One day, after a particularly long and severe bout with his illness, Rick received a phone call. It was Sylvia. She told Rick that she was tired of their marriage and she was leaving him. She removed all the money from their joint bank account and disappeared. Rick sat down to pray and seek God’s assistance to help him figure out what was going on in his life and what he needed to do about it.
Since Rick was still ill with this particular recurrence of the lupus, he had a lot of time to sit and think about things. Yes, he spent a lot of time in prayer, but he also started reviewing his life and trying to figure out where things had gone wrong. How had he allowed his congregation to get so much control over his own life? Was this really what God wanted? And what was with the rabbi who didn’t even know enough Hebrew to read from the Torah? Was Messianic Judaism really what God wanted Judaism to look like? Rick began to have his doubts.
Since Rick felt that he couldn’t really call his old rabbi from the Conservative congregation, he decided to contact an Orthodox rabbi in his community who was known for his outreach activities. Rick sat down with the Rabbi and began to tell him about what he believed. All of a sudden the rabbi stopped him and said, “you don’t actually believe that garbage, do you?” Rick was so taken aback by the question and the tone of voice with which it was posed that he just sat there stunned. When he had regained his composure, Rick thanked the rabbi for his time and took his leave.
Rick went home more upset than he was before he had gone. Was this Rabbi the best that Judaism had to offer in response to Messianic Judaism? “It couldn’t be,” thought Rick. After about a week of processing what had happened, Rick decided to give it one more try. He picked up the phone and called the Baltimore office of a counter-missionary organization called “Jews for Judaism”, where I was working at the time. I answered the phone answered the phone and Rick began to explain to me that he wanted to speak to someone who could discuss Messianic Judaism with him. He was both pleased and surprised to find out that I was a former Messianic myself and Rick later admitted that even over the phone he could tell that my attitude towards him was very different from that of the Rabbi he had spoken to the week before.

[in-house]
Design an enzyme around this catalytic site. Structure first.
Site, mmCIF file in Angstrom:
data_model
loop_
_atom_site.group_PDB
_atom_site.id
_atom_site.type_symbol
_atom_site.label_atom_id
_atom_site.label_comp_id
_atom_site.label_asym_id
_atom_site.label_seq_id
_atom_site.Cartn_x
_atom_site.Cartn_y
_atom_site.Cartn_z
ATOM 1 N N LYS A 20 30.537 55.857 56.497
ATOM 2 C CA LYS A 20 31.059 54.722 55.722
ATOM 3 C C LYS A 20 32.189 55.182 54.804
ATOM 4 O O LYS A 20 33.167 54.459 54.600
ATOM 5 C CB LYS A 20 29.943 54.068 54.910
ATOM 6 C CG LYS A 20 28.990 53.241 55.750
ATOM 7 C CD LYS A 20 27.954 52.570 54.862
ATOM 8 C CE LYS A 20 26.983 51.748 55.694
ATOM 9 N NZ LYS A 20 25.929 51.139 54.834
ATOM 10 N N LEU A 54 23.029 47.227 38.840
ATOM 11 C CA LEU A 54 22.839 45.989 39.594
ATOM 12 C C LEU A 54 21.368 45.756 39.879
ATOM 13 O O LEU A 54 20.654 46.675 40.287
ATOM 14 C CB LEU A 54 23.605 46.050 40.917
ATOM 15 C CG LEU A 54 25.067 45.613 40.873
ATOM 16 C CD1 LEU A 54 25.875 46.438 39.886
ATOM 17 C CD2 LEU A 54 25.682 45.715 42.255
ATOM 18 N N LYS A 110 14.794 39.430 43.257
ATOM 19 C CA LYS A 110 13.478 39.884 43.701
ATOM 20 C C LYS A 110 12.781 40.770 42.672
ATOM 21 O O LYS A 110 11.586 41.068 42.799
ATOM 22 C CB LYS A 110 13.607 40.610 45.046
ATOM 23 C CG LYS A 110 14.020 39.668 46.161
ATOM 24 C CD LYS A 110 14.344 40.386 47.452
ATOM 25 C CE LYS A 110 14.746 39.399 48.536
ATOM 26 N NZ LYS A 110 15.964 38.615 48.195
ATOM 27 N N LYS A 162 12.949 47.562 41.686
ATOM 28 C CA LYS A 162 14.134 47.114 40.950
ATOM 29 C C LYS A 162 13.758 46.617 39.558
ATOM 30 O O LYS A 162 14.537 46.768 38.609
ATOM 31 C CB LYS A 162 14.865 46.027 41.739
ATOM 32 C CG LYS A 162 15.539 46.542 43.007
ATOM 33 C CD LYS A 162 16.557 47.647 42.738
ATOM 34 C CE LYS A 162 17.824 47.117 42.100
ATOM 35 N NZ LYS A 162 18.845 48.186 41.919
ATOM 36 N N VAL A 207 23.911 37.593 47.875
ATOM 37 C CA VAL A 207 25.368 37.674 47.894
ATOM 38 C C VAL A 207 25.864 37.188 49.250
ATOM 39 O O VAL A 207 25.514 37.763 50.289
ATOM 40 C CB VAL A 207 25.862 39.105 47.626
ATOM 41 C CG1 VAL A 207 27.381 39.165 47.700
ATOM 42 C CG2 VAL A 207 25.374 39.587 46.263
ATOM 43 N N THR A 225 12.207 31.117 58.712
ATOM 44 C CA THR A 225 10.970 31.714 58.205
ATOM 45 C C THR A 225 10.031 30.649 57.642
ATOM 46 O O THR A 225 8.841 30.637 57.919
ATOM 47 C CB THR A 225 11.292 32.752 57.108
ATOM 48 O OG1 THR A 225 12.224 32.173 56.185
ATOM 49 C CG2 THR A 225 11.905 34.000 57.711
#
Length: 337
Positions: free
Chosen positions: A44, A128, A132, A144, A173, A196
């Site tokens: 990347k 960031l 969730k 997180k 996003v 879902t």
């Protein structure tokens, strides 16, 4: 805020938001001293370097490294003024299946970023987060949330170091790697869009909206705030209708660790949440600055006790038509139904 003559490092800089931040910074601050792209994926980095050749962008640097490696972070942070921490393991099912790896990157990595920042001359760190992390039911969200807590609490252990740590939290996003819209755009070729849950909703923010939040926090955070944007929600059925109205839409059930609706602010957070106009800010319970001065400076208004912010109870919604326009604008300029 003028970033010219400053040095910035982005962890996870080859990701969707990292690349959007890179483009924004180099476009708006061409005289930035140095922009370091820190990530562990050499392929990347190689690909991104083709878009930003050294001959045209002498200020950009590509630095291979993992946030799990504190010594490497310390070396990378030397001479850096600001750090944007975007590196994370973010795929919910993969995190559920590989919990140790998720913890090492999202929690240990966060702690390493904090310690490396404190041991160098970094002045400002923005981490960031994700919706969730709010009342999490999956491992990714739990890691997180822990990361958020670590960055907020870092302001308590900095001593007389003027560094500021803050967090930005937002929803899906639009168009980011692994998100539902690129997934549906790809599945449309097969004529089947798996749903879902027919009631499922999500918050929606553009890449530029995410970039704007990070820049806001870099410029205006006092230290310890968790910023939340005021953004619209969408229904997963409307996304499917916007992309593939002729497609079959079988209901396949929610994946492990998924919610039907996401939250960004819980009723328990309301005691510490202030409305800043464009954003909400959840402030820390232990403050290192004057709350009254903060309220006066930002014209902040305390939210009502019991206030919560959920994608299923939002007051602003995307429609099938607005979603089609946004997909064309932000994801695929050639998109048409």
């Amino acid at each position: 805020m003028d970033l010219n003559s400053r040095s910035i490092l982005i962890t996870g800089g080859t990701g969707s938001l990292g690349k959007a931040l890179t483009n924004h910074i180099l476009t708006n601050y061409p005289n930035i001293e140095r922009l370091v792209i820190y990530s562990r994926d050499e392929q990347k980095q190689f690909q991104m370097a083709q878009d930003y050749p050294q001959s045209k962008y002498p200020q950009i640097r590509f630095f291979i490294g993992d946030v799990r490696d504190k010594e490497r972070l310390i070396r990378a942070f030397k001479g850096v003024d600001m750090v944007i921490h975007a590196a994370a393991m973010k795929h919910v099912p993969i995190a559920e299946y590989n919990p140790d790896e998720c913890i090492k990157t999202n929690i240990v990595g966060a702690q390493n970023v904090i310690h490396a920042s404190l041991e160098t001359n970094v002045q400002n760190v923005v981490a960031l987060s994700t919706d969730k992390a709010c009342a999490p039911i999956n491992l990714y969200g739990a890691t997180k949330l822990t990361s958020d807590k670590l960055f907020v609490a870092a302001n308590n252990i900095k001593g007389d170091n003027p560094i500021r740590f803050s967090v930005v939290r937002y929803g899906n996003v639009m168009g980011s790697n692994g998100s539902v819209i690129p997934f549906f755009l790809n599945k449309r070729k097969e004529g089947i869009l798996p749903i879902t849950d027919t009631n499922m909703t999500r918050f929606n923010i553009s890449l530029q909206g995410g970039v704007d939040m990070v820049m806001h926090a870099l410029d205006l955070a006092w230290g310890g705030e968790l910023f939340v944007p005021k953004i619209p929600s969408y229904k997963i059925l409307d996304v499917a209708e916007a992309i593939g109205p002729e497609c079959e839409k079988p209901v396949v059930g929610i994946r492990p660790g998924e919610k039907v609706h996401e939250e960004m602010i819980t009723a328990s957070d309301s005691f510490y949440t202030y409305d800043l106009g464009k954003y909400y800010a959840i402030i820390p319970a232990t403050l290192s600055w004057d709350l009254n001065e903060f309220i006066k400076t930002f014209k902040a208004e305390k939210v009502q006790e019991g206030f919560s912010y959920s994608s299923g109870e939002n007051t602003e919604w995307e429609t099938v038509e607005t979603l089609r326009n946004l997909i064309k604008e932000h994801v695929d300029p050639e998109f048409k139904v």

I assured Rick that he wasn’t crazy or stupid, but that he was a spiritual person who was seeking a connection with God. Over the next few weeks, Rick and I spoke several times on the phone. Each time, He shared his concerns but also presented me with a new set of questions about verses from the bible or differences between Christian and Jewish theology. I attempted to answer each question thoroughly and with patience, helping Rick to see that the answers to all his questions were contained within Judaism. Although Orthodox Judaism was not a path that Rick had ever thought he would even consider, my manner and commitment to God apparently impressed him and he decided to begin to explore Orthodox Judaism.
I arranged for Rick to come to Baltimore to spend a Shabbat in the Orthodox community and even arranged for him to spend some time talking with other former Messianics. After a few more weeks and a second visit to Baltimore, Rick realized that his decision to become a Christian was mostly emotional and that any logic he thought he had used in determining that Jesus was the messiah was faulty, at best. That evening, motzei Shabbat, Rick asked me to arrange for him to speak with a Rabbi in the community who could give him some wise counsel. After their talk, the Rabbi invited Rick to go to the mikveh both for spiritual cleansing and as a sign that he had forsaken Christianity and committed himself to being a Torah Observant Jew.
In the fall following his return to Judaism, Rick – now Chaim once again, enrolled in a program at a local Yeshivah where he is studying to become a Rabbi.
*Rick’s story is a composite of two people with very similar stories.